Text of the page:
Friday, 24 January 2014 22:29

Letter From the Made Woman Mag Staff

Hitting Your Stride

Letter from our Editor-in-Chief, Serena Watson -- January 27, 2014

As a writer, a blank white page can be -- at times -- immensely stressful and surprisingly scary. You go to write that show-stopping article and … nothing happens. When crafting copy is your livelihood, writer's block is no joke. I go through stages when I feel my creativity is on low and I have to go out into the world and look for inspiration. But I also have phases when I feel like I've hit my stride creatively and it all starts to flow. We’ve all had those work days when you are “in the zone” from 9am to 5pm. Afterwards, you feel like you deserve a whole damn parade instead of just a happy hour cocktail.

Maybe it’s the alignment of the stars or that extra shot of espresso in your coffee; but when those streaks of hot, raw talent course through your body and you feel “on,” take advantage and push down on the gas pedal. Do an extra project, run an extra mile, or push the limits however you see fit. These periods of creativity and focus can be fleeting and you should capitalize as much as possible.

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What could be a better time to push yourself than when you feel you’ve hit your stride? When things are going well and you finally feel you’ve hit a rhythm, don’t plateau. Raise the bar. Take sure-footed steps in the direction of your dreams. You’ve got this.

Published in Current
Monday, 30 December 2013 06:23

Letter From the Made Woman Mag Staff

Savor The Moment!

Letter from our Editor-in-Chief, Serena Watson -- December 30, 2013

2013 was one for the record books. We all faced changes on every level this year; and as you recap the good, the bad and the ugly 2013 had to offer, it’s easy to beat yourself up over mistakes or setbacks. Why is it that the negative is always so easy to remember -- but happiness can seem so fleeting?

I know the sexy thing is to make up resolutions for the New Year (that you probably won’t keep) -- but I also challenge you to take some time to reflect on the year that just passed. Write down some of your favorite memories, some milestones that you achieved and some things you learned. I, for one, won’t ever forget how excited I was to throw my first professional events. Seeing the network of accomplished professionals gathered in one room was the realization of a dream 3 years in the making. So, don’t throw away 2013 along with your calendar. Take stock of the moves you made and revel in a moment of sheer fabulousness for each win. You deserve it!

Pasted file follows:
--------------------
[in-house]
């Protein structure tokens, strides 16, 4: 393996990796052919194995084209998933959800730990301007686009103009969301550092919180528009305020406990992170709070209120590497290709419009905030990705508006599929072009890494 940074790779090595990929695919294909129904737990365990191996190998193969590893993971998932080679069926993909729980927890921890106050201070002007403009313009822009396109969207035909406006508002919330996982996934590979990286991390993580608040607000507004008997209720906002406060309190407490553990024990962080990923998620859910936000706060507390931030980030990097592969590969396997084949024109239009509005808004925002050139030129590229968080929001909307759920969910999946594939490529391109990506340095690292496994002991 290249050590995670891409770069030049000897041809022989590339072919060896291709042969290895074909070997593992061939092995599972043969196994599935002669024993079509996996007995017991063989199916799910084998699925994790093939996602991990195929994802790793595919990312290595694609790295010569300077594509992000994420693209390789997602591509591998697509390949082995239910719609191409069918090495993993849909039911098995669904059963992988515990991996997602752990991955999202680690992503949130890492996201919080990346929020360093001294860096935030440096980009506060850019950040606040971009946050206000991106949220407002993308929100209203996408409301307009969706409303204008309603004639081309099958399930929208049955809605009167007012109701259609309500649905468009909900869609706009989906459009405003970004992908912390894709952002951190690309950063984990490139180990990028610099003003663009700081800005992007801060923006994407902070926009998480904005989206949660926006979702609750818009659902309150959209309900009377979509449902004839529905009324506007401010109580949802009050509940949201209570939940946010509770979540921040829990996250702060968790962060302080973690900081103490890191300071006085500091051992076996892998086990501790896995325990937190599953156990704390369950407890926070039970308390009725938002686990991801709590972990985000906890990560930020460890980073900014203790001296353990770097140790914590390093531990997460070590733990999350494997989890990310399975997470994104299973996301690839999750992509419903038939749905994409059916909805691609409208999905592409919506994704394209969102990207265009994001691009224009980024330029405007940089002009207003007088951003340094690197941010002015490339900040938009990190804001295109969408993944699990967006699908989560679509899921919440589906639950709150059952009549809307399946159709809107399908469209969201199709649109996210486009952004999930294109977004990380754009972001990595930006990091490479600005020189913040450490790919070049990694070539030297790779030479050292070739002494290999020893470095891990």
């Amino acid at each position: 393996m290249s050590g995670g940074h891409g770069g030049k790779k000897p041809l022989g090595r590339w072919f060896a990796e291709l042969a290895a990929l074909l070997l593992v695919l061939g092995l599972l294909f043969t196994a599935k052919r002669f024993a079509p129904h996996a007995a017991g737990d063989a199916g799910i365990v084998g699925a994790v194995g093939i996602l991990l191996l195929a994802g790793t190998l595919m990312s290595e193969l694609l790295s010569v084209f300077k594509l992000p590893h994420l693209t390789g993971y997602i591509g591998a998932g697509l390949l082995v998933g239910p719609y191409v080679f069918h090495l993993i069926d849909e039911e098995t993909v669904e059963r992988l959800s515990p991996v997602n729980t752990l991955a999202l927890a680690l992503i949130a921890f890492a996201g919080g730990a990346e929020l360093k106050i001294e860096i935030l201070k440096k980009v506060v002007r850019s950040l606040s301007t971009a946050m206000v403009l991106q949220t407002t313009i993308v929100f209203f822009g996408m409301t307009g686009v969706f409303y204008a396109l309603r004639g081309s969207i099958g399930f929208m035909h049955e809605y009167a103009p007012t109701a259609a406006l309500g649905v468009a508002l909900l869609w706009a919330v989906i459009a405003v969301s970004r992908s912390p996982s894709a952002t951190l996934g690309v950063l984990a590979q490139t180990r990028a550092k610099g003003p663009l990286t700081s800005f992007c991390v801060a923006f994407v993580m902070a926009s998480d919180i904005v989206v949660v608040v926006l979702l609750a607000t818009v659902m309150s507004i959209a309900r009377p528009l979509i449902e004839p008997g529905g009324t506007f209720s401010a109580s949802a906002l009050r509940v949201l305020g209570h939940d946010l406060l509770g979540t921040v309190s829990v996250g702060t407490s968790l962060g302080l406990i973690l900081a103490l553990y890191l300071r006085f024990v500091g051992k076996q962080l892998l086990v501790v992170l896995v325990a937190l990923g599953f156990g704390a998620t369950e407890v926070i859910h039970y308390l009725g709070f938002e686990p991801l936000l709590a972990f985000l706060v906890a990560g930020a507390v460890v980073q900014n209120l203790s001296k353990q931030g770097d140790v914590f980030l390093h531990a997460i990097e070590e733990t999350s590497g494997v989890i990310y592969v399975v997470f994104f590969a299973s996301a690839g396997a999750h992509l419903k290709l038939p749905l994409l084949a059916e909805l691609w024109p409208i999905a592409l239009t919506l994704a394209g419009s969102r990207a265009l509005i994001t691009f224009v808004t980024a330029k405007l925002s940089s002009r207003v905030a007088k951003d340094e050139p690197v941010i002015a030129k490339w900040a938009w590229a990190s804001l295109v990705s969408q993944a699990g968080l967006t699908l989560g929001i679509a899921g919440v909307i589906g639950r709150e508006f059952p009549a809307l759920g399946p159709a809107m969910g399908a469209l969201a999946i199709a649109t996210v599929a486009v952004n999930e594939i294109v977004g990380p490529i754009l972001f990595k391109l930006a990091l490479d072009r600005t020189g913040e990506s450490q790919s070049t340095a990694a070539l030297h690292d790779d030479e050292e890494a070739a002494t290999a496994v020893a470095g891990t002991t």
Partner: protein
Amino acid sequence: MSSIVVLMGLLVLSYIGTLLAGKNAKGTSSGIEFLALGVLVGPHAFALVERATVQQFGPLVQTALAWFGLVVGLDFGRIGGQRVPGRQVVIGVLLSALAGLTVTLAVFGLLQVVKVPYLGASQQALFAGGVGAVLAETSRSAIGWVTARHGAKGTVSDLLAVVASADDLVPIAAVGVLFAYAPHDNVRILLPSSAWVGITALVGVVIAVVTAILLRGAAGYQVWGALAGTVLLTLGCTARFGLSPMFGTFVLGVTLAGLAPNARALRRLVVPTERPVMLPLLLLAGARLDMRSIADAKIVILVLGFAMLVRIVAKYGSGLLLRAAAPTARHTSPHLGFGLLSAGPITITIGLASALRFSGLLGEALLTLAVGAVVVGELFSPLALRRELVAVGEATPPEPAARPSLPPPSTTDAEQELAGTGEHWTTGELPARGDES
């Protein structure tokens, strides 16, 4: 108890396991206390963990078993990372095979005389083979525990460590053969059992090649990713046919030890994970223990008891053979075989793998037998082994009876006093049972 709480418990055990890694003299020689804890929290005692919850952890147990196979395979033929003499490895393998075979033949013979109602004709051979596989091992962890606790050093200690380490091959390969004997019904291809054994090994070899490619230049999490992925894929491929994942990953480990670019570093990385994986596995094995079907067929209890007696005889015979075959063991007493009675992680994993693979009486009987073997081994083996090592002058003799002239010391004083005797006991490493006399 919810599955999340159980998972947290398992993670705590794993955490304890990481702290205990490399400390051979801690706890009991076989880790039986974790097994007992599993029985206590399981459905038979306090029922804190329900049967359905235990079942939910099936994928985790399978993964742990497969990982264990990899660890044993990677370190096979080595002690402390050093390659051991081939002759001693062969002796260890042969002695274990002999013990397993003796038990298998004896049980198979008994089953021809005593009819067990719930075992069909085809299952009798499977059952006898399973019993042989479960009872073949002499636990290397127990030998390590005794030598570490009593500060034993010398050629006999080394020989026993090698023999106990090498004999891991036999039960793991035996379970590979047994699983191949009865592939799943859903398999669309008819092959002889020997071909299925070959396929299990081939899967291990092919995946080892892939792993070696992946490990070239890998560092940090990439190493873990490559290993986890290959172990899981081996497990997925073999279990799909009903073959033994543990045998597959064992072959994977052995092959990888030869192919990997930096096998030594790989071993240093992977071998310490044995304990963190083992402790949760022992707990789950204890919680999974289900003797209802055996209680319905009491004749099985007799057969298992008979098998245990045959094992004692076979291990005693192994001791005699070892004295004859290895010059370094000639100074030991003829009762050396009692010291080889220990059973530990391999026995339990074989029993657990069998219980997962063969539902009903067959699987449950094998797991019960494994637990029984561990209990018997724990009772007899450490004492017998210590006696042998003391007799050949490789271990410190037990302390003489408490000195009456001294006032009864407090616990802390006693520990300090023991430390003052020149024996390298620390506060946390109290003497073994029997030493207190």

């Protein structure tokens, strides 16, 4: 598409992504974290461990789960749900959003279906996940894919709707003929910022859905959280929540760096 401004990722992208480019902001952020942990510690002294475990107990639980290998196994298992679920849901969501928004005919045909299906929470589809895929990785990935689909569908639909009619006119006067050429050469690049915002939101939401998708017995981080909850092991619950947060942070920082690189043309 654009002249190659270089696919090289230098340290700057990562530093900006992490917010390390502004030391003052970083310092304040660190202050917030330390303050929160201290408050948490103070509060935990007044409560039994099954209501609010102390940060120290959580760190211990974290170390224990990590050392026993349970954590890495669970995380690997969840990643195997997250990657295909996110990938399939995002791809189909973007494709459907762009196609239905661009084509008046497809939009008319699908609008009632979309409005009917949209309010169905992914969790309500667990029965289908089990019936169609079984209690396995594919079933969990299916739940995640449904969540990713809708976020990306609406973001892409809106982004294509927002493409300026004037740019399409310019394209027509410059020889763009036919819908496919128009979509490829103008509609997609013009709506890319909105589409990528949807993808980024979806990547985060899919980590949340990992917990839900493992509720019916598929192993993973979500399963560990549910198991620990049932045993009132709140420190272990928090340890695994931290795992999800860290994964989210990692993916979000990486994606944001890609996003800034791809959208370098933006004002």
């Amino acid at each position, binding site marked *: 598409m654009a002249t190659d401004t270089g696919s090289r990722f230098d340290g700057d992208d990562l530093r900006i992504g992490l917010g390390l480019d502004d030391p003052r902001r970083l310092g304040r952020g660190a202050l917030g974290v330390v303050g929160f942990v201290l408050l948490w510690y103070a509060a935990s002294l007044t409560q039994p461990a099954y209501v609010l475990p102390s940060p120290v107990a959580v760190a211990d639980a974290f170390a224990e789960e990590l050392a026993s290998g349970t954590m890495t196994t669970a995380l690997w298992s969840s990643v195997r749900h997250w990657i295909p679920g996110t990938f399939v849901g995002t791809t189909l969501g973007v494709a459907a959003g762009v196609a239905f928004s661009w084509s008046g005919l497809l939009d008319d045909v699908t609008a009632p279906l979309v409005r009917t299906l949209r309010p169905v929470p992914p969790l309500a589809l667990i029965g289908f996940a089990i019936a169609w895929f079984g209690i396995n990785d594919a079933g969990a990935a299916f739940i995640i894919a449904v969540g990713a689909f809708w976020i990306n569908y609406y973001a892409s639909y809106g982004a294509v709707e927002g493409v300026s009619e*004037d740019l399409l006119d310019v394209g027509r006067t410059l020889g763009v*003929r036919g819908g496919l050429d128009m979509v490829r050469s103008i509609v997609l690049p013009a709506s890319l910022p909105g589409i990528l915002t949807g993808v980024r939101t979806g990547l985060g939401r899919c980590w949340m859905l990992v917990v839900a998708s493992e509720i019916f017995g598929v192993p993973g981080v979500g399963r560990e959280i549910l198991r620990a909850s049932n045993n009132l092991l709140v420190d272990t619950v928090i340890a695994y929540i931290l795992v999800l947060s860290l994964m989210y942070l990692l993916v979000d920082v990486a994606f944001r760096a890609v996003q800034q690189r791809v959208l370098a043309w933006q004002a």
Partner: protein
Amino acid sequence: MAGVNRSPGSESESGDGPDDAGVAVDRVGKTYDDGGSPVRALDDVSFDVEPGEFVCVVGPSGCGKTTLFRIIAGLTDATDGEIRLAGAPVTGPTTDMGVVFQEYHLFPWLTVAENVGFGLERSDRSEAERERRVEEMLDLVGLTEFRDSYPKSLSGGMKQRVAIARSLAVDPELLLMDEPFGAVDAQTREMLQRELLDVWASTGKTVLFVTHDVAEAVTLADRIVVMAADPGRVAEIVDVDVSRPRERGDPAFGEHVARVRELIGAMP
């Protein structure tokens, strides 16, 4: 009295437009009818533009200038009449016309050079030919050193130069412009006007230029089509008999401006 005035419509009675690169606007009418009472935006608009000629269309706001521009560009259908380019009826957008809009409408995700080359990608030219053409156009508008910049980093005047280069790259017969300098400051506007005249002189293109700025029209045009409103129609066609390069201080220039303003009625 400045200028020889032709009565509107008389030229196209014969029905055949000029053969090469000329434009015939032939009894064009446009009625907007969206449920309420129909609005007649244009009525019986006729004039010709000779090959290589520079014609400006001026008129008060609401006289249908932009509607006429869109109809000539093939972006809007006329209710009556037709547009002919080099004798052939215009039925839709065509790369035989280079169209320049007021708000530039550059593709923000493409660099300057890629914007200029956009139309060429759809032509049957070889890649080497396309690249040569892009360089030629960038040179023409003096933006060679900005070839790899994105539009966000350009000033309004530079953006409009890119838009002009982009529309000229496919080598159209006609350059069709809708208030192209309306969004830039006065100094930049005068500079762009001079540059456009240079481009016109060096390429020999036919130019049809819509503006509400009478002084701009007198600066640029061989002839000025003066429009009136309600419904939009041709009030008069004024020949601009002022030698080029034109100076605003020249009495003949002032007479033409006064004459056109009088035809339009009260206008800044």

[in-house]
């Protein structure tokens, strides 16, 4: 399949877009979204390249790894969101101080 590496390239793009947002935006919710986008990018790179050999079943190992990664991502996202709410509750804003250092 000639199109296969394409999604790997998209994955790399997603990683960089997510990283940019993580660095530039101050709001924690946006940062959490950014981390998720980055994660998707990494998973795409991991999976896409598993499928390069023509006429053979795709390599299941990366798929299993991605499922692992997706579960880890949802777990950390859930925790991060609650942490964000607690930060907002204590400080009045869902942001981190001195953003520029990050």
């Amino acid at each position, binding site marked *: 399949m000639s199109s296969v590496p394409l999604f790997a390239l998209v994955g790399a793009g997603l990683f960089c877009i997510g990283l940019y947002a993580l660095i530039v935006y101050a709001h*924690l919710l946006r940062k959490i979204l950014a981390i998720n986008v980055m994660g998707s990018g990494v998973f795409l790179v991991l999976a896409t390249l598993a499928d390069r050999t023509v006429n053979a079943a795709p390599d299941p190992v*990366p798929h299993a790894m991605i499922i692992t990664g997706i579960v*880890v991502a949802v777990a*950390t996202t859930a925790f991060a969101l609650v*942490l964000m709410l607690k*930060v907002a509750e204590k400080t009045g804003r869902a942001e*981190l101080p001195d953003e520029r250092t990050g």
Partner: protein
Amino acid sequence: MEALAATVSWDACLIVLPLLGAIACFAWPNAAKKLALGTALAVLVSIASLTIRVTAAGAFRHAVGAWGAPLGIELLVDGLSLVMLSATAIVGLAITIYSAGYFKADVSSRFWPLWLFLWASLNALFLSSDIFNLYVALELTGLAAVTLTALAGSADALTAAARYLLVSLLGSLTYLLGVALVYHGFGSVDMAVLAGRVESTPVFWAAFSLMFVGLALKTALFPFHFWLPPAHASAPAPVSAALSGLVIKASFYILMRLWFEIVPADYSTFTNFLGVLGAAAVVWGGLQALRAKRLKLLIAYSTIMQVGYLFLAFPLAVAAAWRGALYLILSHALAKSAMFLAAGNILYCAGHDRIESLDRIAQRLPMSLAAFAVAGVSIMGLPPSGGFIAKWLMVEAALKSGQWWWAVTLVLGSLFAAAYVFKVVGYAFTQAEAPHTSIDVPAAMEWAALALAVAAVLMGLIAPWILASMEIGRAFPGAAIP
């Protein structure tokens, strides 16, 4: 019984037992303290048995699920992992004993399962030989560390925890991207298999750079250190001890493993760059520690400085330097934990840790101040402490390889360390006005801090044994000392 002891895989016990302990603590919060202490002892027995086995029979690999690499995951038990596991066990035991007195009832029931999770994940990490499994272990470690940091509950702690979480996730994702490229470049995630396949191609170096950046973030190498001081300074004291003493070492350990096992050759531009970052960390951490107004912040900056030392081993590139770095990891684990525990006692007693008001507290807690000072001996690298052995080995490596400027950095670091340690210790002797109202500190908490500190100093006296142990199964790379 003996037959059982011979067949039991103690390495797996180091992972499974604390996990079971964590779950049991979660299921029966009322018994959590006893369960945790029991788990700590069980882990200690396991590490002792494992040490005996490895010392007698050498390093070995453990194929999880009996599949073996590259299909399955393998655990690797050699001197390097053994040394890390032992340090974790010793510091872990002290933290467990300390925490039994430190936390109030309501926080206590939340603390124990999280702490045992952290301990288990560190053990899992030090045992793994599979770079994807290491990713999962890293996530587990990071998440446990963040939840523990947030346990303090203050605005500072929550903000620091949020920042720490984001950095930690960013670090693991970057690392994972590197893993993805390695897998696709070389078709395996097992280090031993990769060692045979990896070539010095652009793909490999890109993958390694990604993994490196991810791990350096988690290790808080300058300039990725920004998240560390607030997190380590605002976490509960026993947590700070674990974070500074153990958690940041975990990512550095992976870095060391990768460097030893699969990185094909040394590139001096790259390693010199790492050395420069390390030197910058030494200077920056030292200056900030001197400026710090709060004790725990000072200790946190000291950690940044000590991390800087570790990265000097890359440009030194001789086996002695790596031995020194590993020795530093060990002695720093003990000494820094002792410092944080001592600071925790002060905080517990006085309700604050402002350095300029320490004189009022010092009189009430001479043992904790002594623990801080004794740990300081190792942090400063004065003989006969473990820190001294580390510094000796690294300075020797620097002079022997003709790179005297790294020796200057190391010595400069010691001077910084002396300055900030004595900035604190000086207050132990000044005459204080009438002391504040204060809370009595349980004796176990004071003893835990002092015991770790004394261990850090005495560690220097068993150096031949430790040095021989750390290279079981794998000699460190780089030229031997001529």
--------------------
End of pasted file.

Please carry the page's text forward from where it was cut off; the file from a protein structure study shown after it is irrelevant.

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Of course there is always more to be done, but if you’re Made you gave 2013 everything you had. It’s time to celebrate the best the year had to offer. We are celebrating our best with today’s issue, too. Check out our picks for 2013’s Best of Made Woman Mag.

Published in Current

MW of the Month // December 30, 2013

British born, Barbara Sealy’s story is marked by many things. Pain and poverty, hurt…numerous trials and tremendous growth. But her story also represents the essence of achievement, of victory. Last week, I was honored -- or shall I say, “honoured”-- to hear some of Barb’s remarkable story first-hand. In her lovely English accent.

Born and raised in Forest Gate, a community in London’s East End that she compared to US’s inner cities, Barb had a rough childhood. Originally from Barbados (an English colony), she and the rest of her large family arrived in the East End of London in the ‘50s to find a new, diverse community with people from a variety of backgrounds. Growing up, Barb faced extreme poverty and abuse from her father, until her mother took on raising her and her brothers and sisters alone. From an early age, Barb loved music and started using it as an escape: she would lose herself in music and film, and she and her siblings would sing together to cope with their often tumultuous environment. As early as her teens, Barb had inherited a strong work ethic from her mother; she remembers vowing that she would do everything in her power to keep other children from experiencing what she had in her household.

As an adult Barb visited the States on a vacation in 1987, and a year later she decided to make the move permanent. Whereas back home she had never been encouraged to think about career options (she was more focused on survival), she knew deep down that there had to be something more.  By now she knew that she wanted to help people and be a philanthropist, but she wanted her work to be tied into music somehow. “Music lifted my spirits,” she reflects. “I said if I can help another child not feel isolated or scared, and show them -- through music -- that they can achieve what they want, it would be really cool.” And that’s just what she set out to do.

Barb’s first jobs in the US included working for companies like Disney, as an administrator in the Video Division, but she credits her time working with the Grammys as the biggest learning experience of all. As the assistant to Michael Greene, the President of the National Academy of Recording Arts and Sciences, Barb was truly tested. “Because of how I was raised, I didn’t really have the social skills to help me to see how the corporate side of the world really works... I saw how somebody ran a company from the inside and it really set me up to do what I'm doing now.”